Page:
In regression analysis, bootstrapping is an efficient tool for statistical
deduction, which focused on making a sampling distribution with the key idea of
resampling the originally observed data with replacement1. The term
bootstrapping, proposed by Bradley Efron in his “Bootstrap methods:
another look at the jackknife” published in 1979, is extracted from the cliché
of ‘pulling oneself up by one’s bootstraps’2. So, from the meaning
of this concept, sample data is considered as a population and replacement
samples are constantly drawn from the sample data, which is considered as a
population, to generate the statistical deduction about original sample data.  The essential bootstrap analogy states that “the
population is to the sample as the sample is to the bootstrap samples”2.

The bootstrap falls into two categories, parametric and nonparametric. Parametric
bootstrapping assumes that the original data set is drawn from some specific
distributions, e.g. normal distribution2. And the samples generally are
pulled as the same size as the original data set. Nonparametric
bootstrapping is right the one described in the start of this summary, which repeatedly
and randomly draws a certain size of bootstrapping samples from the original
data. According to our regression analysis lecture, bootstrapping is quite useful
in non-linear regression and generalized linear models. For small sample size,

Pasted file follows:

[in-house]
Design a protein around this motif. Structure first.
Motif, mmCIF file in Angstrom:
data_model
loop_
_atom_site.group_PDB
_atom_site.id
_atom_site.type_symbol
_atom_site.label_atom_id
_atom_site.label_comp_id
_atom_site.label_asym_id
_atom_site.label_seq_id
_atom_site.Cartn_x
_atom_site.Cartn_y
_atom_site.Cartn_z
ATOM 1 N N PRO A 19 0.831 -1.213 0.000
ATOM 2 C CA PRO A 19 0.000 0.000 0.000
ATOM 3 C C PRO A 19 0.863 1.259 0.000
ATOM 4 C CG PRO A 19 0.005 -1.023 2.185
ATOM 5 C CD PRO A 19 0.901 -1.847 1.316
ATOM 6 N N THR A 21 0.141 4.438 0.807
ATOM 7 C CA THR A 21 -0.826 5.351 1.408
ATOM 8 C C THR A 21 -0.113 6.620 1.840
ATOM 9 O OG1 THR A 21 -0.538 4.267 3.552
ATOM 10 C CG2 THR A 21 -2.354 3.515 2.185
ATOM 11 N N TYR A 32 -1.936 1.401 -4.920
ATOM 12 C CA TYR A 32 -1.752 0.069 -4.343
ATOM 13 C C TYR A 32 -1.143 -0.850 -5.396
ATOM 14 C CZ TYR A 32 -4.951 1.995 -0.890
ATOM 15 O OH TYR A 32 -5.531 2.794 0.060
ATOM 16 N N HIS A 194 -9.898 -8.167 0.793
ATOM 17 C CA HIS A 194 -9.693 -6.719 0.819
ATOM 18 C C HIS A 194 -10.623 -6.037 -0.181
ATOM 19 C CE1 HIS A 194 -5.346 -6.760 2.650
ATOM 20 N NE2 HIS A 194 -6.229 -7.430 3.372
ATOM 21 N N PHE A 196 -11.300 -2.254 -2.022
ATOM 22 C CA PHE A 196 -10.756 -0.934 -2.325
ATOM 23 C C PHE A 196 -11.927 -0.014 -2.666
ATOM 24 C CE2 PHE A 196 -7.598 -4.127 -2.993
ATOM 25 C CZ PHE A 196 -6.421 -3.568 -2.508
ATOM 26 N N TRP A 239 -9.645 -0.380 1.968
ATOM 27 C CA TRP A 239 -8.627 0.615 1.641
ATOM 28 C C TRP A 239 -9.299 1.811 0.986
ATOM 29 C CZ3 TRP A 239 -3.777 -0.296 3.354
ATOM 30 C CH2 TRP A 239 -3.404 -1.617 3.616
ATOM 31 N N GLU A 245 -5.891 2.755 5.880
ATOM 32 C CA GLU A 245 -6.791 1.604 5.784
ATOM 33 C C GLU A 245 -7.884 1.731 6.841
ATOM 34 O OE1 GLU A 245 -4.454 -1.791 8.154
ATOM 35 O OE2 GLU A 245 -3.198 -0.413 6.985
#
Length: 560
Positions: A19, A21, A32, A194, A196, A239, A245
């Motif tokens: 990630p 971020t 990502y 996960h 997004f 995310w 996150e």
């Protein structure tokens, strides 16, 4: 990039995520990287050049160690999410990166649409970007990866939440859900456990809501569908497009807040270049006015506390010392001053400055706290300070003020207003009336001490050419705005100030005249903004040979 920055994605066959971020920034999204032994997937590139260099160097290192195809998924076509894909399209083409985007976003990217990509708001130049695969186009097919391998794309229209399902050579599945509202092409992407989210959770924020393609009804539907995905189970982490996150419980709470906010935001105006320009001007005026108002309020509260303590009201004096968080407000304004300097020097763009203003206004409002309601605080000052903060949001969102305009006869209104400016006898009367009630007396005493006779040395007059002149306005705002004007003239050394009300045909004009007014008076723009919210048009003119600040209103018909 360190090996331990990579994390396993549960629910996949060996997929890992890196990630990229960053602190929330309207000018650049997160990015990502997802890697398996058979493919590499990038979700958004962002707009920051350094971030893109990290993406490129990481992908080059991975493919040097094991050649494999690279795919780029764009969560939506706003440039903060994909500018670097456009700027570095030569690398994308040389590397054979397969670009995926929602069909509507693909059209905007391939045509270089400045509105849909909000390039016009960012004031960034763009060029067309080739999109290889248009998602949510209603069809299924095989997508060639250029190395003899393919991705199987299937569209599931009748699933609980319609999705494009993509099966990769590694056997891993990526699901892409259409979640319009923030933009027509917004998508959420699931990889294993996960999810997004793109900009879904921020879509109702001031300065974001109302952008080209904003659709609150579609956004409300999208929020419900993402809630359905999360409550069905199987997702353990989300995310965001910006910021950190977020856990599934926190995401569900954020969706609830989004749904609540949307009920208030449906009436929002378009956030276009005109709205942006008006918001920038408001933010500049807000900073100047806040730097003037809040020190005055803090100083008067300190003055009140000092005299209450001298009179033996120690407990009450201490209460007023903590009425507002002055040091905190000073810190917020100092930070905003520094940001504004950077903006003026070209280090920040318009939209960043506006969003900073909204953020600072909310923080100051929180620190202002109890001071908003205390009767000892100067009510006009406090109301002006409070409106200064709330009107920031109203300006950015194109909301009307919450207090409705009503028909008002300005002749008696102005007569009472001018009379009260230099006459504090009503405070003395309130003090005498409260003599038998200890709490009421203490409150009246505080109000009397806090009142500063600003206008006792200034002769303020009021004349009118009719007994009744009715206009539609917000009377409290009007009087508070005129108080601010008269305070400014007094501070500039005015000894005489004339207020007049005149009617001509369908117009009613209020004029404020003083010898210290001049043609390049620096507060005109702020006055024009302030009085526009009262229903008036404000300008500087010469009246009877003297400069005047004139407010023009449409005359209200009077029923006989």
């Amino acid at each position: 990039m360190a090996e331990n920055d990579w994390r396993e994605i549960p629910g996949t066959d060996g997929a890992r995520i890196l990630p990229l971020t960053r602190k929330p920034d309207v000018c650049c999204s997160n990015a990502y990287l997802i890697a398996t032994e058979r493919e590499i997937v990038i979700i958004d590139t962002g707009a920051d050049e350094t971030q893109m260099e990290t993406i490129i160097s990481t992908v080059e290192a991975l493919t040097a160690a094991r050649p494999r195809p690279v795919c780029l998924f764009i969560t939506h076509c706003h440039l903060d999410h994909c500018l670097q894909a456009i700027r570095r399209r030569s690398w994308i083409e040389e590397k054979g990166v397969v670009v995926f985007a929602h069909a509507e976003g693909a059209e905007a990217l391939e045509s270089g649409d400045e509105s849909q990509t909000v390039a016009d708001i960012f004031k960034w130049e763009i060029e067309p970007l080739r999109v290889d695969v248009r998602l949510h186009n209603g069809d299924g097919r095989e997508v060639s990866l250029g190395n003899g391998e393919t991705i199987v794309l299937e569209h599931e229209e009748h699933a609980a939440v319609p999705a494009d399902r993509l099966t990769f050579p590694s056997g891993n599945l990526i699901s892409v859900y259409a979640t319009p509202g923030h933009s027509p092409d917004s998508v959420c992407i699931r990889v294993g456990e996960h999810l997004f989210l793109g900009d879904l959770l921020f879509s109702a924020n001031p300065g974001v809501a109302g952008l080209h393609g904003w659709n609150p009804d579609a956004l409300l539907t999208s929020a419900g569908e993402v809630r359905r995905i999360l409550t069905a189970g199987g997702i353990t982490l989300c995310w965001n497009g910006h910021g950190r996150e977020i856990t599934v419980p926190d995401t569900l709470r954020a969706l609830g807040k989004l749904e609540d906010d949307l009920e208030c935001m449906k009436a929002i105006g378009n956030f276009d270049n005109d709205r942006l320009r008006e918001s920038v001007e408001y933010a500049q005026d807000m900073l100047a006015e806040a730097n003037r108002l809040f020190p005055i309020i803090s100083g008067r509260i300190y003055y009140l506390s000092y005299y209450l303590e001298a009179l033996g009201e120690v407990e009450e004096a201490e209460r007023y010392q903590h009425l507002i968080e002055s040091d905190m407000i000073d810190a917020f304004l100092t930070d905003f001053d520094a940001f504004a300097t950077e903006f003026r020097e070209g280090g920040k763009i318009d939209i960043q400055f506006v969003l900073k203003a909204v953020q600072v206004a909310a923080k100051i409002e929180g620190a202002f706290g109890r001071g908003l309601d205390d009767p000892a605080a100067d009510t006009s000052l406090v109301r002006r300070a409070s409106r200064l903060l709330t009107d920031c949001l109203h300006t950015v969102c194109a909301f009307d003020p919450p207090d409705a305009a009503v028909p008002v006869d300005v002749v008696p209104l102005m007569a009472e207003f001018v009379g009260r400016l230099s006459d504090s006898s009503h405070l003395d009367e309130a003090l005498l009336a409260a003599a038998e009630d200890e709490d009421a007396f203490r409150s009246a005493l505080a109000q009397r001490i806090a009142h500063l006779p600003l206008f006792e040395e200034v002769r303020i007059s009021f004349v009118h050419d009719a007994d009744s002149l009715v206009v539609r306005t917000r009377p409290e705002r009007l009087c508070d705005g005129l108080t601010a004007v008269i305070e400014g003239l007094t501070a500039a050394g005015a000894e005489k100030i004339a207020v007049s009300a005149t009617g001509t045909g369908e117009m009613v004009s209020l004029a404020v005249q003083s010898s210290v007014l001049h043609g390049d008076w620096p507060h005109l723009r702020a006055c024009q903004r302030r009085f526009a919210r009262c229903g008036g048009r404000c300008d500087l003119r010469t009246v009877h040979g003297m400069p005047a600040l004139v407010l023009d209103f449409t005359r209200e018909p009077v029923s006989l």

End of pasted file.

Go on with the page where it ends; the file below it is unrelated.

the parametric bootstrapping method is highly preferred.2 In large
sample size, nonparametric bootstrapping method would be preferably utilized. For
a more detailed clarification of nonparametric bootstrapping, a sample data
set, A = {x1, x2, …, xk} is randomly drawn from a population B = {X1, X2,
…, XK} and K is much larger than k. The statistic T = t(A) is considered as
an estimate of the corresponding population parameter P = t(B).2 Nonparametric
bootstrapping generates the estimate of the sampling distribution of a
statistic in an empirical way.  No
assumptions of the form of the population is necessary. Afterwards, a sample of
size k is drawn from the elements of A with replacement, which represents as A?1 = {x?11, x?12, …, x?1k}. In the resampling,
a * note is added to distinguish resampled data from original data. Replacement
is mandatory and supposed to be repeated typically one thousand or ten thousand
times, which is still developing since computation power develops, otherwise
only original sample A would be generated.1 And for each bootstrap estimate of
these samples, mean is calculated to estimate the expectation of the
bootstrapped statistics.  Mean minus T is
the estimate of T’s bias. And T?, the bootstrap variance estimate, estimates the sampling variance of the population, P. Then bootstrap confidence
intervals can be calculated using either bootstrap percentile interval approach
or normal theory interval approach. Confidence intervals by bootstrap percentile
method is to use the empirical quantiles of the bootstrap estimates, which is
written as
T?(lower)

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